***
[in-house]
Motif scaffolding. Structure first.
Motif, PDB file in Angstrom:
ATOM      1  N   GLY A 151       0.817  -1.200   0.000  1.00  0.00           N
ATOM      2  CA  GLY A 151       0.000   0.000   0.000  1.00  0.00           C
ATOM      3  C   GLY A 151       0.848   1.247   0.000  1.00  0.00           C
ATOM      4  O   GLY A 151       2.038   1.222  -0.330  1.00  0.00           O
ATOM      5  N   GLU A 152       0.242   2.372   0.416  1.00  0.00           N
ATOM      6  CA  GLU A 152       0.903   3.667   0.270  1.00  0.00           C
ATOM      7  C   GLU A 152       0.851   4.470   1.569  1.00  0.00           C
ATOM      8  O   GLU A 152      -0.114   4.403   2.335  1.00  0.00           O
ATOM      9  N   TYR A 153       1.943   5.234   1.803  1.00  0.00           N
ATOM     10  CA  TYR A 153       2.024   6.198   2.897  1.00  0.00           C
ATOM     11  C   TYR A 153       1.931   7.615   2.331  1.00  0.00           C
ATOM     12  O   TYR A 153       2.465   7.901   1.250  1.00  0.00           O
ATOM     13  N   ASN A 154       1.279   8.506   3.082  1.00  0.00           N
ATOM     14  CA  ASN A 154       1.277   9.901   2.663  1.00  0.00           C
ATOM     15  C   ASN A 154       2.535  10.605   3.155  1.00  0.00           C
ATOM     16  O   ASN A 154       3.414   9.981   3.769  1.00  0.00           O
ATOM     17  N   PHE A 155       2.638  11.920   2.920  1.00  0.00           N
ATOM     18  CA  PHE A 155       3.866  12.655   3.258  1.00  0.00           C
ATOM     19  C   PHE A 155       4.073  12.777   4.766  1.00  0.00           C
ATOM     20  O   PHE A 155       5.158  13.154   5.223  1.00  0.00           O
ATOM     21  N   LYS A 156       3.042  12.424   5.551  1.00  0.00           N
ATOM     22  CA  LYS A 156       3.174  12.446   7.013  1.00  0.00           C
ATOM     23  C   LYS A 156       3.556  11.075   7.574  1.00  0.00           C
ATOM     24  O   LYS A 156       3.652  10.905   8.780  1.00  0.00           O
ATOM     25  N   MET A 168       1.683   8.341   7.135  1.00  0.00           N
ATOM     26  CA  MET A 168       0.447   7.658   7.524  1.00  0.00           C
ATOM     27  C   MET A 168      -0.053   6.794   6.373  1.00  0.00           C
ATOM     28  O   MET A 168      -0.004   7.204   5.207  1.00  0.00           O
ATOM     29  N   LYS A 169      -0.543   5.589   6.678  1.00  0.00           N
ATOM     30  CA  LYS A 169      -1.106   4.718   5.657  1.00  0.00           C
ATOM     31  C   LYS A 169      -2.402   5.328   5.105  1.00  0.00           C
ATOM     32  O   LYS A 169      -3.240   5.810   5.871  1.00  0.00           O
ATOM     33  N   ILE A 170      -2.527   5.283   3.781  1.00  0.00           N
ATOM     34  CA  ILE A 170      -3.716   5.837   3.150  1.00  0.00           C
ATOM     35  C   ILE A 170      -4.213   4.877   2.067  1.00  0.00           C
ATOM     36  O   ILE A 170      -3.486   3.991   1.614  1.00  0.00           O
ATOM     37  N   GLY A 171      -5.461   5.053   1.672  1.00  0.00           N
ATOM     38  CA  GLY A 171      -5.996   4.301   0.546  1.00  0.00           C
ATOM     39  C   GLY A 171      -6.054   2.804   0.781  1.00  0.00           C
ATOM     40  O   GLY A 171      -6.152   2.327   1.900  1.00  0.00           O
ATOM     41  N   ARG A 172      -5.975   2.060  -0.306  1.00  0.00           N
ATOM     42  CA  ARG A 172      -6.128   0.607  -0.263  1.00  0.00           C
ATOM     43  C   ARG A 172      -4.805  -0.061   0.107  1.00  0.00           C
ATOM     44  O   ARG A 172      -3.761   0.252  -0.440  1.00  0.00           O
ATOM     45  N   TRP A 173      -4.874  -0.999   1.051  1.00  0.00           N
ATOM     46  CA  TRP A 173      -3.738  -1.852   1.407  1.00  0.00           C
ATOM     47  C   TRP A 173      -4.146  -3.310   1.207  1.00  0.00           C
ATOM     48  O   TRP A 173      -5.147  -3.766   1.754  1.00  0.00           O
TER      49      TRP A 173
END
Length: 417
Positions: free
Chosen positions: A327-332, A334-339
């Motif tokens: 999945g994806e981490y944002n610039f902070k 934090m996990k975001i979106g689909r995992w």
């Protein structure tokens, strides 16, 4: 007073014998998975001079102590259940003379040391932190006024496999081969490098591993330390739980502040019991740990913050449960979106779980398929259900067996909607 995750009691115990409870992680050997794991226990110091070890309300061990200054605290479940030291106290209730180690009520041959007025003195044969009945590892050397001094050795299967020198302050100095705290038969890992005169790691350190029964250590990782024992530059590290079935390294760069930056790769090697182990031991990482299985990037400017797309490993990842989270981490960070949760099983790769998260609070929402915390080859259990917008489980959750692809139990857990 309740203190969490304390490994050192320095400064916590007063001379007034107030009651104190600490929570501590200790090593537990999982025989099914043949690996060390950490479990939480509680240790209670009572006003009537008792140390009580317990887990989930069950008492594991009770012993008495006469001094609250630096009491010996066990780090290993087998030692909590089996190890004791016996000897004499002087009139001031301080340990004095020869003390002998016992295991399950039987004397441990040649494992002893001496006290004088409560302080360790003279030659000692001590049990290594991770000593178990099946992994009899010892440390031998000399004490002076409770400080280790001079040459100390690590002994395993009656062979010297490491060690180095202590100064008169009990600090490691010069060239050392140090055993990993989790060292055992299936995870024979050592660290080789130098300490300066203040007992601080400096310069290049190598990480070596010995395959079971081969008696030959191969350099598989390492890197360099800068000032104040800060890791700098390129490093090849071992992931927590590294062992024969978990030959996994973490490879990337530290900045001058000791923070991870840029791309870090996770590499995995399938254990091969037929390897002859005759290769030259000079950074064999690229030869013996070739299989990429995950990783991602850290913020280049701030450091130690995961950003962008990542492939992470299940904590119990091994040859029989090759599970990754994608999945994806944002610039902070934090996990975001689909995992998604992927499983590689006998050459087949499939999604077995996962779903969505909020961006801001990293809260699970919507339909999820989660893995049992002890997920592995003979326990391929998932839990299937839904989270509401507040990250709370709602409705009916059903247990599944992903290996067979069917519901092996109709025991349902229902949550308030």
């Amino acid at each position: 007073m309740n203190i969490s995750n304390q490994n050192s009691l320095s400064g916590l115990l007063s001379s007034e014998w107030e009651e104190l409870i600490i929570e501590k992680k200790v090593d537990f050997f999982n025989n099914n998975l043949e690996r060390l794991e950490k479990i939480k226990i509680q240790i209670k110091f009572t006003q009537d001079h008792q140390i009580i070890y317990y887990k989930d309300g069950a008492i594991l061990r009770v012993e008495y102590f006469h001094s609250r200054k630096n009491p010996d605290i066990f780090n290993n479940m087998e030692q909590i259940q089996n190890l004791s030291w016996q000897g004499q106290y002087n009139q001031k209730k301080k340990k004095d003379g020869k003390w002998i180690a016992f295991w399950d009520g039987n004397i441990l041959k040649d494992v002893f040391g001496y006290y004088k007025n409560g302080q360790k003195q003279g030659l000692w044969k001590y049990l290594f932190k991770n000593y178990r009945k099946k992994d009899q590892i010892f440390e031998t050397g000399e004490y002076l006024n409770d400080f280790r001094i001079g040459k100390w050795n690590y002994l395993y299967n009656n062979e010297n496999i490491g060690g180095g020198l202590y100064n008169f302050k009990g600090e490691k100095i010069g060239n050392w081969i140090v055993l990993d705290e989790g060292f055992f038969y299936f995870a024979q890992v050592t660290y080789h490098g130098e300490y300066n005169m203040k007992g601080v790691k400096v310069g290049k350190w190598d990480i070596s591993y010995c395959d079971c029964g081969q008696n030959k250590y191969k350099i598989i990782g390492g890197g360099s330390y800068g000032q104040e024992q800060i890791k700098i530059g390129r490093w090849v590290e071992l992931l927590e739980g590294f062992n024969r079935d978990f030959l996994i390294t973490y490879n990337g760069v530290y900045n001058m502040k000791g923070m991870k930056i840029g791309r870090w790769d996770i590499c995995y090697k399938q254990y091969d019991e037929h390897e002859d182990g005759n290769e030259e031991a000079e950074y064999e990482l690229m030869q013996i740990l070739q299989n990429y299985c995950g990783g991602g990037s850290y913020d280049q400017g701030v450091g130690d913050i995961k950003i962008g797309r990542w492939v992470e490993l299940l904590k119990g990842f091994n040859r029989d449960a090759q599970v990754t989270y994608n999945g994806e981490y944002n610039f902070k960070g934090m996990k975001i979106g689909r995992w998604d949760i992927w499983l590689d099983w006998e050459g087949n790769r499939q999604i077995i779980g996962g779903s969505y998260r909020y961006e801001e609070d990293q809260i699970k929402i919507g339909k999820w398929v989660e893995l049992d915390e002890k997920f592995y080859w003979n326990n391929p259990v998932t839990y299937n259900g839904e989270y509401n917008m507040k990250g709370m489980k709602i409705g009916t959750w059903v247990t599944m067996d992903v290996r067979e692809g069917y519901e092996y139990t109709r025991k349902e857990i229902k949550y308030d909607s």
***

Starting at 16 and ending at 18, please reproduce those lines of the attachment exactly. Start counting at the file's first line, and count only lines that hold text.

ATOM     13  N   ASN A 154       1.279   8.506   3.082  1.00  0.00           N
ATOM     14  CA  ASN A 154       1.277   9.901   2.663  1.00  0.00           C
ATOM     15  C   ASN A 154       2.535  10.605   3.155  1.00  0.00           C